Chief executive cites setbacks such as losses after Tianjin explosions and aborted takeover of RSA
Aftermath of explosions in Tianjin, China. Zurich lost $275m in the disaster, in which 173 people died. Photograph: Wu Hong/EPA
The chief executive of Zurich Insurance has stepped down after a series of mishaps that include the Swiss group’s decision to abandon its planned £5.6bn takeover of the UK’s RSA.
Zurich said Martin Senn would leave by mutual agreement at the end of this year after six years in charge and 10 years at the company. Tom de Swaan, Zurich’s chairman, will run the company as interim chief executive with immediate effect.
The company pursued RSA over the summer, eventually persuading the British general insurer to accept a takeover in principle in late August. But Zurich pulled out of the proposed deal on 21 September, the day before it was due to make a formal offer.
Zurich took the blame for the deal’s collapse, citing $275m (£182m) of losses caused by explosions at the Chinese port of Tianjin and problems at Zurich’s car insurance business. No further bidders emerged for RSA, whose boss, Stephen Hester, missed out on a likely £8.5m share windfall if the company had been bought.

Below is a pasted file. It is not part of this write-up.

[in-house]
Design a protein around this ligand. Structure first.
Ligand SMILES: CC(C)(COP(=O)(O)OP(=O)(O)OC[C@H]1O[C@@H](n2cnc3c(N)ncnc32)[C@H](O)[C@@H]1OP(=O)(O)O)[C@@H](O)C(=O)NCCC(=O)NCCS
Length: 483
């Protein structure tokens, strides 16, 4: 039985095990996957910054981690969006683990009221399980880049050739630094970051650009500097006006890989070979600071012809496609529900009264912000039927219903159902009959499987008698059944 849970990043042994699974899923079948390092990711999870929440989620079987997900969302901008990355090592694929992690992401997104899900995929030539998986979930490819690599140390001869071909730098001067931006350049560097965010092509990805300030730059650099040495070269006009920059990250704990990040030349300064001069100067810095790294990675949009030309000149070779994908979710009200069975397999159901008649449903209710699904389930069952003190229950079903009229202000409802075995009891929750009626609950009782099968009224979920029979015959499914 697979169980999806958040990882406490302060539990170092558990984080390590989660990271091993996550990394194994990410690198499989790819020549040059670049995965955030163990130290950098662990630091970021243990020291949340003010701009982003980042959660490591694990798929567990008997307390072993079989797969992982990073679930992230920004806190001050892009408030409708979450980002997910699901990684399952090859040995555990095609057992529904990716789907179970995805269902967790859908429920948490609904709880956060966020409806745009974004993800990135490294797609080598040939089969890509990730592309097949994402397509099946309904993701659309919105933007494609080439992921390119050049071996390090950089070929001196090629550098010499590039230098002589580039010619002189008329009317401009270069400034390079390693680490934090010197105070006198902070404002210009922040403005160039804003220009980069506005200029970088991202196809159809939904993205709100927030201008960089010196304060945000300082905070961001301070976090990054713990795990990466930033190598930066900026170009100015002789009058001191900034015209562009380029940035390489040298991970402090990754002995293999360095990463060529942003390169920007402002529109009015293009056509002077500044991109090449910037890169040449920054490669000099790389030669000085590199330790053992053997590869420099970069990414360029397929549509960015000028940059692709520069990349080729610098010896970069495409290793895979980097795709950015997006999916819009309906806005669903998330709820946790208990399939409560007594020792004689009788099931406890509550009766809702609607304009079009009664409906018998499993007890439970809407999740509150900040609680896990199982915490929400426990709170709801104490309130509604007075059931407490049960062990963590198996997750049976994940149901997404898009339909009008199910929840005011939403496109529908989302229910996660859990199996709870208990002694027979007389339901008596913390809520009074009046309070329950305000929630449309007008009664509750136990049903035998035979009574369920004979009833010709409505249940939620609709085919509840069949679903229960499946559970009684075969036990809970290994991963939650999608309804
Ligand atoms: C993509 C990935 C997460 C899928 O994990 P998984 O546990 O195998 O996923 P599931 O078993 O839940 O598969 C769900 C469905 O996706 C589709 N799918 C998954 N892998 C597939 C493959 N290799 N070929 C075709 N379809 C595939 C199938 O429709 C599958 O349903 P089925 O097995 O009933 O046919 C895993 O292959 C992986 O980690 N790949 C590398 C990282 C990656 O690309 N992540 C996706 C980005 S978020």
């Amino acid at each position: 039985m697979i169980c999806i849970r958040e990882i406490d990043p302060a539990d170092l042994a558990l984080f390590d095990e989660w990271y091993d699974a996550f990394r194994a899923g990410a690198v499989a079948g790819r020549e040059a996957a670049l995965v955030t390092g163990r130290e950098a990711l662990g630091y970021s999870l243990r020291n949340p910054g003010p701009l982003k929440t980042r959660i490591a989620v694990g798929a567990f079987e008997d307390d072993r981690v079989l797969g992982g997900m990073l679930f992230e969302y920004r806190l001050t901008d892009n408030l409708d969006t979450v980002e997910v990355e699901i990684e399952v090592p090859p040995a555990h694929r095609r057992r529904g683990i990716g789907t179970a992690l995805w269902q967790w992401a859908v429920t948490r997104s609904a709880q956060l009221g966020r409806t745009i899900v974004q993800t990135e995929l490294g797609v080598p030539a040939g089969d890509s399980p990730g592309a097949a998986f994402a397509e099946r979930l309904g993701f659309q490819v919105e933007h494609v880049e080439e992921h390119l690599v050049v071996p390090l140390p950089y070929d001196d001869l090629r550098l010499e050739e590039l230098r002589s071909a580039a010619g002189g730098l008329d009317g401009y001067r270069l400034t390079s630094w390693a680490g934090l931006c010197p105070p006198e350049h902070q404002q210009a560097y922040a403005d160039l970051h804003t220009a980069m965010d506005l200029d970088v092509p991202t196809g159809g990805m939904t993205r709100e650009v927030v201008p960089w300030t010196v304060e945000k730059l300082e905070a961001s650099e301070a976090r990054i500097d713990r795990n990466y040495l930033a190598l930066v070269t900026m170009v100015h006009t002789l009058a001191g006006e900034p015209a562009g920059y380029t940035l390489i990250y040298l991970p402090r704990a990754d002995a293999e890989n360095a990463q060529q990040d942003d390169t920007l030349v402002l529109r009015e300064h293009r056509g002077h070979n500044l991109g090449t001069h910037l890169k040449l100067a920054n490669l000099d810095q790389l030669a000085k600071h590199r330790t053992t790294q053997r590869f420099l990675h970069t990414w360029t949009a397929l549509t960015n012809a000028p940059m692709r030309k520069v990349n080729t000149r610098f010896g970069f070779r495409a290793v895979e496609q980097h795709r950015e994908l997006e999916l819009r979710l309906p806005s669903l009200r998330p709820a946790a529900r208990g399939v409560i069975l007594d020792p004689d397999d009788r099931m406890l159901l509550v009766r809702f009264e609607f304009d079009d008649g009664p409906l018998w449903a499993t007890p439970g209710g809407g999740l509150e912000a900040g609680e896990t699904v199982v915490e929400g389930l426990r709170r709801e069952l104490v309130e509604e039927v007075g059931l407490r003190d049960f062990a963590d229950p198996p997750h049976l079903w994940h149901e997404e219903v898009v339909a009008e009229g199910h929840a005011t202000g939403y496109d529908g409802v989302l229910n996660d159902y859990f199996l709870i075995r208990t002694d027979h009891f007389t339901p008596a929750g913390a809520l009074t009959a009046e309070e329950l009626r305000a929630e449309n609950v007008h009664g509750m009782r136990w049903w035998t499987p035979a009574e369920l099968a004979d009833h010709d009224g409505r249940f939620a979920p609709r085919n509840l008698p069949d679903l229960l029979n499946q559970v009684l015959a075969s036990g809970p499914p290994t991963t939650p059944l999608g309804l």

Senn said: “After 10 very intense years with Zurich, I have decided to step down as CEO and to make way for new leadership. There have been some setbacks in recent months, but I am convinced that we have put in place the right measures for Zurich to reach its targets.”
The RSA deal fell apart when Zurich published an unscheduled trading update revealing its general insurance division would lose $200m in the third quarter. In addition to the losses from the Tianjin disaster, Zurich took a $300m hit at its car insurance operations in the US and launched a detailed review of the general insurance division.
Zurich said Senn’s departure would not affect its strategy or financial targets. The company said it would inform shareholders on plans to use $3bn of excess capital, previously earmarked for the RSA deal, when it publishes annual results.
The swiss company’s shares, down almost 20% since late March, fell 0.7% to SFr269.